Watching the news these days has kept all of us up at night with all sorts of anxieties. We are doing all we can to keep your portfolio and you safe. Yet, here are some considerations for how you can help others and yourself as we get through this tough time:
We have just begun the second quarter and it is certainly not short of headlines. One of the biggest headlines circling now is that the 2-year/10-year Treasury rates have inverted for the first time since August of 2019 which means the 2-year rate is now higher than the 10-year rate. To most this doesn’t seem significant; however, in the world of financial markets, it is a potential recessionary signal. The reason for this is mainly because it is perceived that short-term rates are beginning to get too high for the economy to handle, thereby resulting in a potential slowdown in economic activity. So, are we in for an inevitable recession now?
There couldn’t be a greater question to ask as inflation is rampant in all parts of the economy, consumer confidence is wavering, and the Federal Reserve looks more aggressive on future rate hikes. We want to emphasize, however, that while the odds of a recession occurring are increasing, they remain low and is not our base case at this time. First, while the 2-year/10-year treasury inversion has been a reliable indicator of a future recession, it has historically operated with a very long lag, meaning one will very likely not occur within the near- to intermediate-term. In fact, after this type of inversion, going back to 1980, a recession occurred on average roughly 14 months after the inversion. Second, unlike in 2019 and numerous past readings, the current number of inversions is relatively low indicating a “danger” signal has not yet been reached and the economy very likely still has a good amount of room to grow this year. There is also currently a mix of both economic headwinds AND tailwinds, which is another reason why a recession is not our base case. For example, a few headwinds are high inflation in food, energy, and housing, rising rates, and geopolitical tensions but on the flip side a few examples of tailwinds are a tight labor market, continued pent up demand, and large savings. Due to this, there will very likely be a push-pull like environment on the economy and financial markets this year. Just because the risk of a recession is low does not mean markets are necessarily off to the races, but rather they will very likely continue to remain choppy and range bound at times as the markets digest many different factors.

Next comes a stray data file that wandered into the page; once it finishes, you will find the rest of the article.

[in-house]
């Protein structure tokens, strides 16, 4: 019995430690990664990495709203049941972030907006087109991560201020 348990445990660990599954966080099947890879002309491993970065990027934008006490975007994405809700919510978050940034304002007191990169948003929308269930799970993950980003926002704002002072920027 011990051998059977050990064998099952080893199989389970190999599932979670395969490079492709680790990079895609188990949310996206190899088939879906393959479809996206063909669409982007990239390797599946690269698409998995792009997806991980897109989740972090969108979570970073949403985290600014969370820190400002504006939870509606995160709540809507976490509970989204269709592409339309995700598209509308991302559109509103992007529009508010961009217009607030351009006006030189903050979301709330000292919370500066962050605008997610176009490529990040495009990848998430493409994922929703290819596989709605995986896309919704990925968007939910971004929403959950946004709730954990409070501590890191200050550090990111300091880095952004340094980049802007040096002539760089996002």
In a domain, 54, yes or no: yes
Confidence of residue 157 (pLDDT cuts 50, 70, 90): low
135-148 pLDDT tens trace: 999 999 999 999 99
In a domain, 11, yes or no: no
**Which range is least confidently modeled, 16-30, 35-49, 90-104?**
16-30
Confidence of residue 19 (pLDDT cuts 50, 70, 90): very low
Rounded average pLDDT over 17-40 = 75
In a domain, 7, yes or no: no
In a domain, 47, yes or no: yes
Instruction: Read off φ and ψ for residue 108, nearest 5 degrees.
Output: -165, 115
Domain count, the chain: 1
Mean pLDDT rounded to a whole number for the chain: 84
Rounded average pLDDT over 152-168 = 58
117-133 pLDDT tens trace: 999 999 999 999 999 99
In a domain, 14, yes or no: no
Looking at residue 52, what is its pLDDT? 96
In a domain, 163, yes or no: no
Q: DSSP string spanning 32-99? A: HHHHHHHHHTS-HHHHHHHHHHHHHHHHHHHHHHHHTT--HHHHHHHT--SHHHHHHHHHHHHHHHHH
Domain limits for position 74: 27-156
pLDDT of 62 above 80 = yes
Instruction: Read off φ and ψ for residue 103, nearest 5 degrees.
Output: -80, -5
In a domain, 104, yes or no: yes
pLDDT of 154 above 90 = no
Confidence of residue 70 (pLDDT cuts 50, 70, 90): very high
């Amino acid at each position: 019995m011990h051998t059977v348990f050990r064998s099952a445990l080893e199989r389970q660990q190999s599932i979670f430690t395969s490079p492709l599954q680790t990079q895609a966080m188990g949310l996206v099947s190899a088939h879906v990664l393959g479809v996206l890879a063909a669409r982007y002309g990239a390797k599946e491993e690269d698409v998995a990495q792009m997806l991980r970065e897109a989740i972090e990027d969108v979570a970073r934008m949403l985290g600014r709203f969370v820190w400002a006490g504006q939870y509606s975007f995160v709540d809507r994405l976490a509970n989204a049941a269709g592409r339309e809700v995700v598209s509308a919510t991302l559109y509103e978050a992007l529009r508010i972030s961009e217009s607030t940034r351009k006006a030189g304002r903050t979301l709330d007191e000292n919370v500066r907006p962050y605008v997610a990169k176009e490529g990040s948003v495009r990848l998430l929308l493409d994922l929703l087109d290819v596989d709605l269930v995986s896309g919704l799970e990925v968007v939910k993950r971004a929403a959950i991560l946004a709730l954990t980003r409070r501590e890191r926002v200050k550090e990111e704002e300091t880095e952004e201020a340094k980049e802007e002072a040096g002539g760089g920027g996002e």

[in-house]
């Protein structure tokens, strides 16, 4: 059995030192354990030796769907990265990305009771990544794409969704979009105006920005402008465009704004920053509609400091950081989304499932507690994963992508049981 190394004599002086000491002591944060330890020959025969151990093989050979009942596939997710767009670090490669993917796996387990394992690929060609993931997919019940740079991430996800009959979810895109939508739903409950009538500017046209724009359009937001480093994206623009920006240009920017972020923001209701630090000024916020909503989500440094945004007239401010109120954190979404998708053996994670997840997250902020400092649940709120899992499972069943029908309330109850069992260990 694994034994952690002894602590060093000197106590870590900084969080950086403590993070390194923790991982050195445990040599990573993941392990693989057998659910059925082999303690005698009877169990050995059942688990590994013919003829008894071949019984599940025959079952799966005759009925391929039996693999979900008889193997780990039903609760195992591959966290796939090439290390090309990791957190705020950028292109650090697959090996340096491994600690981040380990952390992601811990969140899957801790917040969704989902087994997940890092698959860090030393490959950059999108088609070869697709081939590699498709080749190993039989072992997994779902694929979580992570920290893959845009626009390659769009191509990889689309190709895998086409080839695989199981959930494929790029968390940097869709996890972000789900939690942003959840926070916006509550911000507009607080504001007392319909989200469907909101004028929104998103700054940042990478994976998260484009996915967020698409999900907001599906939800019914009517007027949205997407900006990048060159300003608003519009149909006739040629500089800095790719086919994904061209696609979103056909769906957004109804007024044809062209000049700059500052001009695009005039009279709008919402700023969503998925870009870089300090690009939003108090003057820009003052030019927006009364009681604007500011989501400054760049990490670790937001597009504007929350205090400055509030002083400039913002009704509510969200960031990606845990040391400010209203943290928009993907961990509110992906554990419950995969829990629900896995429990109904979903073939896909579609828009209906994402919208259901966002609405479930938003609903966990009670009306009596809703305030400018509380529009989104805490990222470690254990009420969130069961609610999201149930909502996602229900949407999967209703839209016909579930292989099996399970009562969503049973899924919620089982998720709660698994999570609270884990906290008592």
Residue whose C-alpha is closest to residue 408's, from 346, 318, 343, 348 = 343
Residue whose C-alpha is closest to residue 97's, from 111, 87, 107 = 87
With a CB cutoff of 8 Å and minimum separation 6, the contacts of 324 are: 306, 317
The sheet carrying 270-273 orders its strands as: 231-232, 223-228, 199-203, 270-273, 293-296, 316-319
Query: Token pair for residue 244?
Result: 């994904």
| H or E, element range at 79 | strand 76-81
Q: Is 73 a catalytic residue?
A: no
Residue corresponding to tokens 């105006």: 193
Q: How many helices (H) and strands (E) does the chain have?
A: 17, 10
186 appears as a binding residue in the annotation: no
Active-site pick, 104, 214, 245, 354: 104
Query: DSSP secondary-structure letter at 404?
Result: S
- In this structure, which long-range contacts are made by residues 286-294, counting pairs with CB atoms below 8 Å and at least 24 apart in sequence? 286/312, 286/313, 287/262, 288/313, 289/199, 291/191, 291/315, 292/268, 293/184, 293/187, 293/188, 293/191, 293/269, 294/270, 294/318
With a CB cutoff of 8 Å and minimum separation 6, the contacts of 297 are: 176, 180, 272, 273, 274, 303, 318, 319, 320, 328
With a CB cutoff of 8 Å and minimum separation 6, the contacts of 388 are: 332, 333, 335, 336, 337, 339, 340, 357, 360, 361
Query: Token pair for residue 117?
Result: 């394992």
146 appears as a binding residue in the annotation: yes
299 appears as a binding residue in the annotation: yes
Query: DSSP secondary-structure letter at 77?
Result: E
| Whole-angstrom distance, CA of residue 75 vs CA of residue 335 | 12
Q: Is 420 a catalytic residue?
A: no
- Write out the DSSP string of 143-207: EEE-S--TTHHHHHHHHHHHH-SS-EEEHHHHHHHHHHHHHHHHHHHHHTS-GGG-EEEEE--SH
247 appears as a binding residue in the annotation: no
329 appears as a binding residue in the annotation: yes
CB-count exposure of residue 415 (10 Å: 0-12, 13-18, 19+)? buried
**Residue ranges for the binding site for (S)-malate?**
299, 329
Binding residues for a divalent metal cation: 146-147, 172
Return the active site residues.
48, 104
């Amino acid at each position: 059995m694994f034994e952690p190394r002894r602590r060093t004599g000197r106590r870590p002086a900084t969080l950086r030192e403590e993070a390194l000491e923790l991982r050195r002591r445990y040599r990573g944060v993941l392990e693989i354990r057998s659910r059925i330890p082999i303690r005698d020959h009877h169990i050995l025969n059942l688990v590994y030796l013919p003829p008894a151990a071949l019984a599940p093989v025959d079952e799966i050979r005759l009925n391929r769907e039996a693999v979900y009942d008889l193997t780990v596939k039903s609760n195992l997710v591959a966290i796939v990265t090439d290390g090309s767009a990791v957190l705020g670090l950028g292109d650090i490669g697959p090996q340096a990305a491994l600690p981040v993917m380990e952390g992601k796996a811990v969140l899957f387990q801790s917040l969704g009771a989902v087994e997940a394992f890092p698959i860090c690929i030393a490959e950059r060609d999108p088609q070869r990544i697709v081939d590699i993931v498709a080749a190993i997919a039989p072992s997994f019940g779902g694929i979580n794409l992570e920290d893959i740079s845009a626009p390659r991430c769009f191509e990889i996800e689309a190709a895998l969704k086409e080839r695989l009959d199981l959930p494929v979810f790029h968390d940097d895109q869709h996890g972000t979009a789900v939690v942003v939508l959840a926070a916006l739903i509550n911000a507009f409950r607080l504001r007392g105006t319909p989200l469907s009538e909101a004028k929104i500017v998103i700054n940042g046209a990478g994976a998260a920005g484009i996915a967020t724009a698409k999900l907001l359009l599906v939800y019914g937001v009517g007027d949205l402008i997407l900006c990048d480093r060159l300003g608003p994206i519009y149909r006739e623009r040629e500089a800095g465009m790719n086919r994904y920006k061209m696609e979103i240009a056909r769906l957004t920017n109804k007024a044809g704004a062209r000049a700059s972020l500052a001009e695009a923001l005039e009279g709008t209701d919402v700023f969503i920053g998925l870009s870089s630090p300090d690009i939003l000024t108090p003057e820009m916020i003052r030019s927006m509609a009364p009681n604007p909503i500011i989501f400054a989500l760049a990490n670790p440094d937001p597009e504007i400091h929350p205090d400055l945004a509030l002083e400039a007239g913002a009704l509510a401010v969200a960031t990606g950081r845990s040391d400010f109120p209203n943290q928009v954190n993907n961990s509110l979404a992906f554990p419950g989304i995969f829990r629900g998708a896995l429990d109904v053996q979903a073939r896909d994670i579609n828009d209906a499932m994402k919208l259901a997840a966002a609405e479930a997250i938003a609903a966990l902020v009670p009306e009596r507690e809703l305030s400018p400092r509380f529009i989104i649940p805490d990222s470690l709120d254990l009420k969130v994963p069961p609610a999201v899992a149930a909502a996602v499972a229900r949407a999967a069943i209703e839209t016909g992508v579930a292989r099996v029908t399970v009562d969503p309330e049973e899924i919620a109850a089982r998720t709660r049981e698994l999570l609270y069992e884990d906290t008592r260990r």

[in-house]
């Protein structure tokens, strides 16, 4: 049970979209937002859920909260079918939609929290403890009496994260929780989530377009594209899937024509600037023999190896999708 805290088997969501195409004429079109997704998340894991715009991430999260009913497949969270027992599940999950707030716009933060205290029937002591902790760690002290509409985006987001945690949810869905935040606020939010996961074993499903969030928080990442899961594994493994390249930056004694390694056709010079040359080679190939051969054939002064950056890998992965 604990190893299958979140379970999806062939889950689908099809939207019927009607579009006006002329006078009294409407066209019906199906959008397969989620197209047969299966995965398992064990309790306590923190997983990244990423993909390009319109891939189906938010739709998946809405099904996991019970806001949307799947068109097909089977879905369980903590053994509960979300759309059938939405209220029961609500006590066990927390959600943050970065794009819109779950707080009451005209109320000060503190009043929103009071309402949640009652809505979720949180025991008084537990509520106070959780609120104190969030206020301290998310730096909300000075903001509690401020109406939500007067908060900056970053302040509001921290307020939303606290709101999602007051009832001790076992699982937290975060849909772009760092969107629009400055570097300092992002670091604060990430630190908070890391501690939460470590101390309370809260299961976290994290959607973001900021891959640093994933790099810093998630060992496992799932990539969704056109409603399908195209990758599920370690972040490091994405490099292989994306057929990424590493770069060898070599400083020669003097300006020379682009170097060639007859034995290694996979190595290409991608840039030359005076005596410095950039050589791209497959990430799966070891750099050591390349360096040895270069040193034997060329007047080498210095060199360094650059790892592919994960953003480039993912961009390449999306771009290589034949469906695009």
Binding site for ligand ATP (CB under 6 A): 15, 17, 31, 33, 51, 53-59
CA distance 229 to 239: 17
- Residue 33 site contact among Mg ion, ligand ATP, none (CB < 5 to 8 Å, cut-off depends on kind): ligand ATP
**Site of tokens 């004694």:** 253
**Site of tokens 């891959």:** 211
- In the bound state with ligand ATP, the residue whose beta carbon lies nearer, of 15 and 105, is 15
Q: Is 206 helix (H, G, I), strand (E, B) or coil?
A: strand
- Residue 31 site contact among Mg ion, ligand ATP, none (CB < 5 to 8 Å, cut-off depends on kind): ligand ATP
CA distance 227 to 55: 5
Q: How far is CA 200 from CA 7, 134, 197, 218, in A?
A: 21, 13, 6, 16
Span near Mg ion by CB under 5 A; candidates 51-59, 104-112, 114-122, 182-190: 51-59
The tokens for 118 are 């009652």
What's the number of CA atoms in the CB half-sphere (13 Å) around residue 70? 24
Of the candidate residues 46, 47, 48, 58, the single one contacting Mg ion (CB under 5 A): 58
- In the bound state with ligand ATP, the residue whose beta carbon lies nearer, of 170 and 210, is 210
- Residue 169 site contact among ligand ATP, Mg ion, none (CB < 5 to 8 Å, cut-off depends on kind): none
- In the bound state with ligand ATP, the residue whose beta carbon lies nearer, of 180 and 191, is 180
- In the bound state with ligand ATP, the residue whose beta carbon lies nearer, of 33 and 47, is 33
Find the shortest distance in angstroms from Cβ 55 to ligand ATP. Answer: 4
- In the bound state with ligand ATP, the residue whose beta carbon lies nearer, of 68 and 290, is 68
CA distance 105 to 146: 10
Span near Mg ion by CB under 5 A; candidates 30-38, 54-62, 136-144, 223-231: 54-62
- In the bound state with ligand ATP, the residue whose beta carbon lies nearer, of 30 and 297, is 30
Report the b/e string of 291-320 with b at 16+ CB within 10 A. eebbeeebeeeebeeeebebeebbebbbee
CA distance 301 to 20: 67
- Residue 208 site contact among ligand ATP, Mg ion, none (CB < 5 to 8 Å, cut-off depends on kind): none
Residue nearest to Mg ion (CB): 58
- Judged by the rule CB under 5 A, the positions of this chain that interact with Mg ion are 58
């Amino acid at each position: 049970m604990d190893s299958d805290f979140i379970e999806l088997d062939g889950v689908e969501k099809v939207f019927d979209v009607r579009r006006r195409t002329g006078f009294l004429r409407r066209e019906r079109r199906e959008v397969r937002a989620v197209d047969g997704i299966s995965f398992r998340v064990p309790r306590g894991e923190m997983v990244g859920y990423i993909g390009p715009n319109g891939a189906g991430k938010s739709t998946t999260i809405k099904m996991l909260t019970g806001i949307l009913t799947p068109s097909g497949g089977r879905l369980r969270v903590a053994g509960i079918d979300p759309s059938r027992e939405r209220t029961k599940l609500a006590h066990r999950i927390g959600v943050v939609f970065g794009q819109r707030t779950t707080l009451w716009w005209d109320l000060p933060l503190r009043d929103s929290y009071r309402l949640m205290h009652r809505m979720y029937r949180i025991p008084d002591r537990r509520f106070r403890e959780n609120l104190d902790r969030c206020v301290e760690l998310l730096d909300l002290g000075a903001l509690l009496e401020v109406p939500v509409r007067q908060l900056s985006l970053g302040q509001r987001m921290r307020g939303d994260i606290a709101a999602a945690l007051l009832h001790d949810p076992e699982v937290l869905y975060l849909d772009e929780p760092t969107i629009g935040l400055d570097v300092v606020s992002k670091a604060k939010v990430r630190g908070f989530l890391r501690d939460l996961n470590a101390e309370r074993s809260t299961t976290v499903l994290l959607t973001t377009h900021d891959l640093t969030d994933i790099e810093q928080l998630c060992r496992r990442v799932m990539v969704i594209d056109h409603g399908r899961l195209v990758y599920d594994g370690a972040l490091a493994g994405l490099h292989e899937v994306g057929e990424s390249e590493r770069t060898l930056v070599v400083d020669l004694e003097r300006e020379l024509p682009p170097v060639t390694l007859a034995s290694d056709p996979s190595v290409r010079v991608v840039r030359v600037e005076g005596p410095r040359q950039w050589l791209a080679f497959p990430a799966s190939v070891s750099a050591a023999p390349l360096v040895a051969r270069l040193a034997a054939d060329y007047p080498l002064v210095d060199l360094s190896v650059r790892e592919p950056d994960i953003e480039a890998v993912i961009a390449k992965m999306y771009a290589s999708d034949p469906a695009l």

As a result, we continue to hold and seek to add to higher quality – higher dividend investments to take advantage of the shift to these areas of the market while still generating income without the negative effect rising rates have on longer-term bonds. This flexibility is one of the tremendous advantages of active management. If you have any questions about what we are currently seeing in markets, or any other questions please feel free to contact us and we would be more than happy to answer them all.